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Work Relief from the temple of Monthu at Tod
Department of Egyptian Antiquities: Religious and funerary beliefs
Relief from the temple of Monthu at Tod
© 2009 Musée du Louvre / Angèle DEQUIER
Religious and funerary beliefs
The late 11th Dynasty witnessed the revival, after more than two centuries, of the difficult art of bas-relief sculpture. It can be admired on vestiges from one of the earliest stages of construction of the temple at Tod. This bas-relief and the blocks that are exhibited beside it were found buried beneath the foundation sand of the later sanctuary, which explains why they escaped the fate of most limestone works: disappearing into the lime kilns.
Vestiges of a very ancient temple
Most of the temples from Egyptian cities date back to early Antiquity. However, we usually only know them in their final form, typically realized between the New Kingdom and the Roman Period. This particular fragment comes from the temple of the god Monthu at Tod, 25 kilometers south of Thebes. The archaeologist F. Bisson de la Roque began to uncover the temple ruins in 1934. He continued excavations beneath the sanctuary floor and there discovered blocks from the earliest stages of the temple's construction (dating from the Old and Middle Kingdoms), which had been buried beneath subsequent reconstruction work. Thanks to the division of excavation finds, visitors to the Louvre can now admire fragments dating from the early Middle Kingdom-a period from which very few edifices have survived.
A king's offering to a god
This decoration originally stood on a plinth fifty-eight centimeters high. The end of a line of hieroglyphs in front of the crown indicates that the figure seen here is the king: "Given all life, stability, power, like Ra forever!" He is advancing toward someone whose foot is visible-no doubt the god Monthu, who dwells in the temple at Tod. The table between them, decorated in openwork with the signs "all life, stability, power," is piled high with food and drink. From bottom to top, we can distinguish bread and cakes, a basket of figs, a leg of beef, onions, and an enormous romaine lettuce on top of the pile. The king's arm is outstretched to consecrate these offerings to the god. In his other hand, he is holding a long stick and a club (a very ancient royal attribute). He has a smith's apron over his finely chiseled kilt and a dagger at his belt. A white crown (symbol of his rule over Upper Egypt), bracelets, and a necklace with several rows of beads complete his outfit. Behind an apparent simplicity, there are many indications that he is the master of Egypt.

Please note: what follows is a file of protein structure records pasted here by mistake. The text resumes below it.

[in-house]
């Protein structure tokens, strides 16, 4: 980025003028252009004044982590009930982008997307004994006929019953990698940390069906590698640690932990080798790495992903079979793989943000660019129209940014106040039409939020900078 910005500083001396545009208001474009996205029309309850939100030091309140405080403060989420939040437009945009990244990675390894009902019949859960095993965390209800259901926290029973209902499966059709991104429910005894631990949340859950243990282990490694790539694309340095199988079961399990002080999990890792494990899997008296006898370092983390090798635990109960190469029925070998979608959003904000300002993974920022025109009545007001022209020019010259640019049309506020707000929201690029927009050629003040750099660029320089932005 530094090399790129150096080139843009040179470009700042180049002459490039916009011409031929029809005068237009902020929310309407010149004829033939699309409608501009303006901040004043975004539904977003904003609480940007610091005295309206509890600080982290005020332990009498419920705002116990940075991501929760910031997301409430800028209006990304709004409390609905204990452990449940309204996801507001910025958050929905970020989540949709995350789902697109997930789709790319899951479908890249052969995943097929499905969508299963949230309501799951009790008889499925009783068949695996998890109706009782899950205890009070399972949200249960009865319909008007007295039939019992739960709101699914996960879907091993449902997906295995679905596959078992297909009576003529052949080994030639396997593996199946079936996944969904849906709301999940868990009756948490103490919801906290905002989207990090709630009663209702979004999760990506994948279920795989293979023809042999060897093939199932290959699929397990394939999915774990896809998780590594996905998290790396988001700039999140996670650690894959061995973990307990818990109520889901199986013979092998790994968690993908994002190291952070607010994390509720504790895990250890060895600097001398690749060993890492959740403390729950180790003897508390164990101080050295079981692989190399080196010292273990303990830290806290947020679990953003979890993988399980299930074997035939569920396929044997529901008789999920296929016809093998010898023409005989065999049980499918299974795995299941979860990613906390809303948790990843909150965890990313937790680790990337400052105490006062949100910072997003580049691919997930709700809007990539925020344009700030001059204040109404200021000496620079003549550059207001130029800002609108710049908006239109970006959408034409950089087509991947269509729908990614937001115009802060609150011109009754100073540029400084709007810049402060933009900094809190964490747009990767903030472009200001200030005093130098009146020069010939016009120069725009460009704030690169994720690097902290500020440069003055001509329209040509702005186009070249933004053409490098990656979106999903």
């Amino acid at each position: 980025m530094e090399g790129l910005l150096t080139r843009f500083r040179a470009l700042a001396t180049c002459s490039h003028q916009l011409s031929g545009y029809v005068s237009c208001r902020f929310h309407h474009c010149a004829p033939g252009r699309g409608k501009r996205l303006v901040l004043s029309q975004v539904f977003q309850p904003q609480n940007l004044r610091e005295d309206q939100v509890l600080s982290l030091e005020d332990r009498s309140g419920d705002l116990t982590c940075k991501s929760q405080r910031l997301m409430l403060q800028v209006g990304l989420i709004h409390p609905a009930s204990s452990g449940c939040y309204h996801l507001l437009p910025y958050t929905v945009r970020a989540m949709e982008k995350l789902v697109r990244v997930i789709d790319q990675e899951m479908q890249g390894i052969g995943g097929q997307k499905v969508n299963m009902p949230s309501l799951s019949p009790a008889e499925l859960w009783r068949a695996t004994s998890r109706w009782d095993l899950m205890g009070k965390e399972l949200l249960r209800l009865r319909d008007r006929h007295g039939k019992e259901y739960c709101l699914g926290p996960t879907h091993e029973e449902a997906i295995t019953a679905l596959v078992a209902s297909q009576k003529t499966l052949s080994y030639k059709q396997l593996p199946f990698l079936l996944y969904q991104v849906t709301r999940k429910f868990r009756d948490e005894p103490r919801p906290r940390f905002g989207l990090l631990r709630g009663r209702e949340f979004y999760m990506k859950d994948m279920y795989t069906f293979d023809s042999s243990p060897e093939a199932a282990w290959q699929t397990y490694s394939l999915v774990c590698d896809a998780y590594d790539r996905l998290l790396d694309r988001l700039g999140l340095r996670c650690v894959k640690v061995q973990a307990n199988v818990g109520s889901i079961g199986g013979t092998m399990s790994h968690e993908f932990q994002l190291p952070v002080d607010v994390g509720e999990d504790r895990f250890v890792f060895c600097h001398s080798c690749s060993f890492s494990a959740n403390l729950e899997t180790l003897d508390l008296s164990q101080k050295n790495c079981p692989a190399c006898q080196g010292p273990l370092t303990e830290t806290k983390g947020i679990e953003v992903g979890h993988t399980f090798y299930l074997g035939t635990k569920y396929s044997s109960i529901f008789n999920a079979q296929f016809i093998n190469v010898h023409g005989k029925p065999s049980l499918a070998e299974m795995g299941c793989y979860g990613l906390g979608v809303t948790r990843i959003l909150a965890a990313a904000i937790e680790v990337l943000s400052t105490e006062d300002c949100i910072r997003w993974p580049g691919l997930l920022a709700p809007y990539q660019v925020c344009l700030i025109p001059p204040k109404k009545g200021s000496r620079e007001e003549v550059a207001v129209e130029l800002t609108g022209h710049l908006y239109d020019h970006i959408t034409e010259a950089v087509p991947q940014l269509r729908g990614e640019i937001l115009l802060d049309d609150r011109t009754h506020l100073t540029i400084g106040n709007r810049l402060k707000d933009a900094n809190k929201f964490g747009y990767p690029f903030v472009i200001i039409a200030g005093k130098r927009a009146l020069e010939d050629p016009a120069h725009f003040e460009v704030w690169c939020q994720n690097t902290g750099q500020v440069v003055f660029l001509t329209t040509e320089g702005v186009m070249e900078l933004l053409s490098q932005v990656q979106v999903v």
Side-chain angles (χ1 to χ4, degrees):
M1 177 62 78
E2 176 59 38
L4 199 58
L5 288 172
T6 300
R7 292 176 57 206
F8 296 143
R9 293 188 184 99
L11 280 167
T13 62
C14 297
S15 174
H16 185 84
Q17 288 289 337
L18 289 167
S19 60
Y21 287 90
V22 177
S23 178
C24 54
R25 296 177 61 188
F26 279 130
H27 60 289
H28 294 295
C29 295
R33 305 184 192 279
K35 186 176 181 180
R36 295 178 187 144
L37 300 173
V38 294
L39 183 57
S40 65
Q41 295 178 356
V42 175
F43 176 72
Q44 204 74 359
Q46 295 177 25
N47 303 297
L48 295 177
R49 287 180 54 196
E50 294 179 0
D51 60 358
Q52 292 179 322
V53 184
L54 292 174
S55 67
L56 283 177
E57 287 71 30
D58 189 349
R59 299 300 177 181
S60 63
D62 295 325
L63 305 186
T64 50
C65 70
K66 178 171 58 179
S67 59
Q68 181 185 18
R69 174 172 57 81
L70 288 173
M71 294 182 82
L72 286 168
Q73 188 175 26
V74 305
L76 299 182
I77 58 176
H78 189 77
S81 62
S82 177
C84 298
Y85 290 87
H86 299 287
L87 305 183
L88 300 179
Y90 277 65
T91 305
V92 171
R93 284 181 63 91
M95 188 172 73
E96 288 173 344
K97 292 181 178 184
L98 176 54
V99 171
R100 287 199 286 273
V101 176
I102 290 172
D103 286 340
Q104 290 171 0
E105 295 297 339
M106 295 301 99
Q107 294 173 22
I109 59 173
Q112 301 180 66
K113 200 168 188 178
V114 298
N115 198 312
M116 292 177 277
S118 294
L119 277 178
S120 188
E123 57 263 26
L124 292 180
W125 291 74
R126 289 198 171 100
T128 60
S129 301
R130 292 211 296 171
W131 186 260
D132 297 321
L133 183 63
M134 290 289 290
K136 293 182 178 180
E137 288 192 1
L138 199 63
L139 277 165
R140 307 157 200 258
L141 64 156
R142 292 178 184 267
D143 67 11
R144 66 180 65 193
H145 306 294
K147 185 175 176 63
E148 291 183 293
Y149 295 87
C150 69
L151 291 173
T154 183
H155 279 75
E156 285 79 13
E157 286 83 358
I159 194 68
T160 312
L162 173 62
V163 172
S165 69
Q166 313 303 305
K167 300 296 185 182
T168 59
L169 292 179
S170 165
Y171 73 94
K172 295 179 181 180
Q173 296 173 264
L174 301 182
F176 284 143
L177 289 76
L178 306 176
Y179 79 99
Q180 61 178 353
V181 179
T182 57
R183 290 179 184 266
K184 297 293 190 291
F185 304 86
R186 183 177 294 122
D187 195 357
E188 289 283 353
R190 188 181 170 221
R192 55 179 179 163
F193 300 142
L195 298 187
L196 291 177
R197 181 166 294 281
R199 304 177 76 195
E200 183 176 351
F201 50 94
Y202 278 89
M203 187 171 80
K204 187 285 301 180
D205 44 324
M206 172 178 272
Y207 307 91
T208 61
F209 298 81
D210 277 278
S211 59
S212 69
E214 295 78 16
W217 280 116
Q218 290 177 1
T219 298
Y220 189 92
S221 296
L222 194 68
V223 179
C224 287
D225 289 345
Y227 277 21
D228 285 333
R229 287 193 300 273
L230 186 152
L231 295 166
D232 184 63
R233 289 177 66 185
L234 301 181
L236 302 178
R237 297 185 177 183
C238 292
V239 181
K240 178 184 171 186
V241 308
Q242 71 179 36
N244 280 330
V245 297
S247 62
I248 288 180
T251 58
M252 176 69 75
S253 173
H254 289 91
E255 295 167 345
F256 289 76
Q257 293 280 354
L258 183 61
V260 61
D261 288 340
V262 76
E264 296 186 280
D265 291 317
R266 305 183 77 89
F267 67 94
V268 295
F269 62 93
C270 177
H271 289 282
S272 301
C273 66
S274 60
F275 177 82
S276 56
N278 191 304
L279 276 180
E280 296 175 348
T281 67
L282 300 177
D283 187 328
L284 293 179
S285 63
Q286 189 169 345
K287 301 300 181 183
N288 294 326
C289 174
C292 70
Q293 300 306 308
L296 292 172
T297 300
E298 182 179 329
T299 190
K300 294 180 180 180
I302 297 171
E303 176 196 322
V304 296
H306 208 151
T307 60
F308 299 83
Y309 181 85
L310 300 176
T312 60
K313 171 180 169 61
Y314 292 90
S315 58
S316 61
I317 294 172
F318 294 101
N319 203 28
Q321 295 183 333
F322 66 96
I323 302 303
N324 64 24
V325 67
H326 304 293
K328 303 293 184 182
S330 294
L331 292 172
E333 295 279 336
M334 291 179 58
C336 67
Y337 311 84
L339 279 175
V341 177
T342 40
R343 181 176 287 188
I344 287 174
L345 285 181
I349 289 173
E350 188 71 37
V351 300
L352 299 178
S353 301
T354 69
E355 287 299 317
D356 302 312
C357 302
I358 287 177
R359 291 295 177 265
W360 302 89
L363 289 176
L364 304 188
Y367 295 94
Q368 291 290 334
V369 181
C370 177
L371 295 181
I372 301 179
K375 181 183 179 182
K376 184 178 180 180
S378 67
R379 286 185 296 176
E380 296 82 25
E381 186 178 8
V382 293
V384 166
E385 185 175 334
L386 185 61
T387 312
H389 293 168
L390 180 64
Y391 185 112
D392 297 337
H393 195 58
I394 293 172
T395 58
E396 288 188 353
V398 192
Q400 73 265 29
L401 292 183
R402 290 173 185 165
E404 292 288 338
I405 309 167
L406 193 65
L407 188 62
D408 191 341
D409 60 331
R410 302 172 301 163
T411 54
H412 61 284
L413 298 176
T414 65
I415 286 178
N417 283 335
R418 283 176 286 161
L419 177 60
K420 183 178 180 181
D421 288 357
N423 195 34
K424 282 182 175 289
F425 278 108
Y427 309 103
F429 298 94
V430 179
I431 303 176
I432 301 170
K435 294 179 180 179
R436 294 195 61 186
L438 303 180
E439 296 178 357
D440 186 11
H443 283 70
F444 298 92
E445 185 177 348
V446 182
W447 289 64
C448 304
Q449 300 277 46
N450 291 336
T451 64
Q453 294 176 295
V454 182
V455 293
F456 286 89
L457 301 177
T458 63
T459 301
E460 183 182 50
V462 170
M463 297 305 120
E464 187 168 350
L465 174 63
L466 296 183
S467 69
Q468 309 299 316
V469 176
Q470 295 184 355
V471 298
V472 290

A sudden artistic renaissance
You have to stand in front of this relief to fully appreciate its subtlety. Photographic reproductions cannot do justice to the extraordinary delicacy of the bas-relief work, chiseled into very fine limestone. This fragment (together with many others found in the same context) dates back to the reign of S'ankhkare Mentuhopte, one of the last kings of the 11th Dynasty. The decoration in this little temple was limited and small-scale, but the draftsmanship and composition were of rigorous and elegant precision. This fragment reflects the sudden blossoming of a new classicism after the First Intermediate Period, when the Egyptian art produced in the royal workshops of the Old Kingdom declined, in the absence of official large-scale construction projects.
Relief from the temple of Monthu at Tod
Middle Kingdom, 11th Dynasty, reign of S'ankhkare Mentuhotpe (c. 1982-1970 BC)
Temple of Monthu at Tod, Upper Egypt
H. 1.02 m; W. 0.81 m; D. 0.15 m
Gift of Egyptian government (division of excavation finds), 1936
The king consecrates a food-laden table to the god
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